Argument No. 4: “[T]he hour information will help you identify where attorneys and paralegals might be struggling or have gaps in their training.”

This necessarily implies you have an existing baseline you can use tocompare the hourly total. If you have the baseline, you certainly don’t need to hours for pricing.  And do you really think looking at time data is the best way to evaluate productivity?  Businesses around the world regularly evaluate productivity of their professional works and they manage to do so without requiring those professionals to keep time.  And they have been doing so for decades.

Beyond these arguments, the author wholly ignores the costs incurred by firms in recording and tracking time.  Timekeeping also allows firms to default to time as a basis for evaluating and rewarding their lawyers.  Not a good thing.  But most importantly, all of this focuses on cost of production and not on the clients’ interests in buying.  If Ford’s market showed that people did not want to buy F150s and instead wanted a low-priced vehicle, making the cost accounting for the F150 isn’t really worth much. The focus needs to be on the buyer, not the producer.

Lawyers always seem to look to our own profession for reasons to justify the practices we follow.  The horizon for such justifications should be our clients, not our competitors.  If a firm has clients where the law department professionals track their time and are compensated based on how much time they bill, then maybe the law firm can claim to track their clients as a justification for the focus on time.  But if anyone finds a department like that, let me know.  I have not heard of a single one in 10 years of practicing without time sheets.

HAL 9000, washing machines and AI in Law

Posted in Client Service, Commentary

I read this and immediately started thinking about my Saturday morning encounters with our washing machine. Walk by, put the towels in and then feed the dogs. Swing by later after grabbing morning coffee, put the towels in the dryer and put the whites in the washing machine.  Lather. Rinse. Repeat.  Episodic encounters with the washing machine while life goes on.  So as I returned my thought to the tweet, I wondered if this “washing machine” frame of mind was the right one.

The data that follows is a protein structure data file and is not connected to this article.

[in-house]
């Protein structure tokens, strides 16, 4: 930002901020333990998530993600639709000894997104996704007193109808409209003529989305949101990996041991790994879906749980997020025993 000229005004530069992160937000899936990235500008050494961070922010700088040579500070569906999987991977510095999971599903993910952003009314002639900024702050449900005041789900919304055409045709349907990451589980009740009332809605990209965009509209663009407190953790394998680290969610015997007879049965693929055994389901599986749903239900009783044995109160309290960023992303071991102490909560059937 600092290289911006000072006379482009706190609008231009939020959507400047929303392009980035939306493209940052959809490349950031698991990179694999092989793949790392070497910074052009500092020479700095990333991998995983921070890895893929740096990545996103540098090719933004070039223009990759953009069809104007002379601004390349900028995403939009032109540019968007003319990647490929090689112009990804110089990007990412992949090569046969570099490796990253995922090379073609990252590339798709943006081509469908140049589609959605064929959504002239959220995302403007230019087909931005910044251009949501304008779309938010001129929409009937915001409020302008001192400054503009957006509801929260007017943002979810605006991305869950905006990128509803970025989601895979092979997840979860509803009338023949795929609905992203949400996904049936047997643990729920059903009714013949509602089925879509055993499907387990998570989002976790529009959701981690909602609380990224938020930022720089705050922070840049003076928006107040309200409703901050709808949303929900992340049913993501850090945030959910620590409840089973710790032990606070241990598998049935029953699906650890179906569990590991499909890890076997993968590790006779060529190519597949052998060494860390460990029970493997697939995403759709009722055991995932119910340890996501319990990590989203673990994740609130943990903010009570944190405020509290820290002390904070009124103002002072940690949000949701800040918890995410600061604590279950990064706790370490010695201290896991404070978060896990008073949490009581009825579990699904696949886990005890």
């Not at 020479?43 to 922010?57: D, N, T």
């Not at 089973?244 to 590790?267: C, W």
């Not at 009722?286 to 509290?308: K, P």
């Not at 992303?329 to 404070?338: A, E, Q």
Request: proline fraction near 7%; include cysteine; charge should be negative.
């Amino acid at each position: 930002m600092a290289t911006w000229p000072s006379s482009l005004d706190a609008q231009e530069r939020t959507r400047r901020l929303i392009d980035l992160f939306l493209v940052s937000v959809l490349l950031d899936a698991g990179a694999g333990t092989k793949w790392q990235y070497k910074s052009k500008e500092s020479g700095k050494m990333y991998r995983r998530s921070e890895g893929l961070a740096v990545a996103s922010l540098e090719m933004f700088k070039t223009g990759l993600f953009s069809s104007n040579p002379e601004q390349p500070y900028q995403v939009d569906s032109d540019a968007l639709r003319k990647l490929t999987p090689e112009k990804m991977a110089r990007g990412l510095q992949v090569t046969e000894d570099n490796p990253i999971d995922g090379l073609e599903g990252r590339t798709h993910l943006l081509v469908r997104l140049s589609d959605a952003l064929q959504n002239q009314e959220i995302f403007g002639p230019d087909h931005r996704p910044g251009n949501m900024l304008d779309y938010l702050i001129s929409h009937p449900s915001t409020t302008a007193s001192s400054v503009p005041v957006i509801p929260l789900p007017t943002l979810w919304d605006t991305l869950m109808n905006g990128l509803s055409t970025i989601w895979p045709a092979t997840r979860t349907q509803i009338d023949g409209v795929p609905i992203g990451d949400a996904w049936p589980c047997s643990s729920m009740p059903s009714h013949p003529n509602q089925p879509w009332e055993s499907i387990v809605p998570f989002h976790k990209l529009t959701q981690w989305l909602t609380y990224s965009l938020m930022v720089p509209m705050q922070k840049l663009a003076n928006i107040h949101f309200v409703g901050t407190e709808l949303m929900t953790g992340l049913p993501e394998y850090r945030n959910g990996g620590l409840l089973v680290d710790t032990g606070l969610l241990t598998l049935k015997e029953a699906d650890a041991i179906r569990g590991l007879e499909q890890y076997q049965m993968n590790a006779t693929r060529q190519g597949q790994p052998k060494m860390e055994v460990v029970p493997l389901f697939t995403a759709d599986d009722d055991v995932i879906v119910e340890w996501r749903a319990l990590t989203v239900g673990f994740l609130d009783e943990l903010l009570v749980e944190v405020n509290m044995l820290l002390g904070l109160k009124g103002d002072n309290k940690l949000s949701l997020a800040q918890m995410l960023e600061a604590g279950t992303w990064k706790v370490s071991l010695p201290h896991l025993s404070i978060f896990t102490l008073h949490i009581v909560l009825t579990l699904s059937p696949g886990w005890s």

Artificial intelligence aims–or at least it should–to solve a problem for the consumer of the AI.  If it doesn’t do that, I am not sure what role it will play for the user other than being a shiny new object.  Think

(yes, I confess to having one of these)  Don’t get me wrong, shiny objects can be fun and you can sell a lot of them.  But they don’t last and they don’t make an impact.

So, how my washing machine and shiny object obsession fit in with AI?  I believe buyers need something more than a washing machine to use it.  The AI must integrate with existing life and reduce or eliminate a problem.  If a General Counsel is forced to add a whole new platform or file system to get a benefit, I think the likelihood of success of the AI is reduced.

It seems to me a useful exercise would be to define the attributes that must be manifest if something new is to capture the market.  To me, a starting point would be: simplicity; ease of use; eventual benefit; time to achieve eventual benefit; “fit” with what I am doing now. I think the holy grail in attributes is holism. HAL 9000 offered these attributes.  Washing machines, not so much.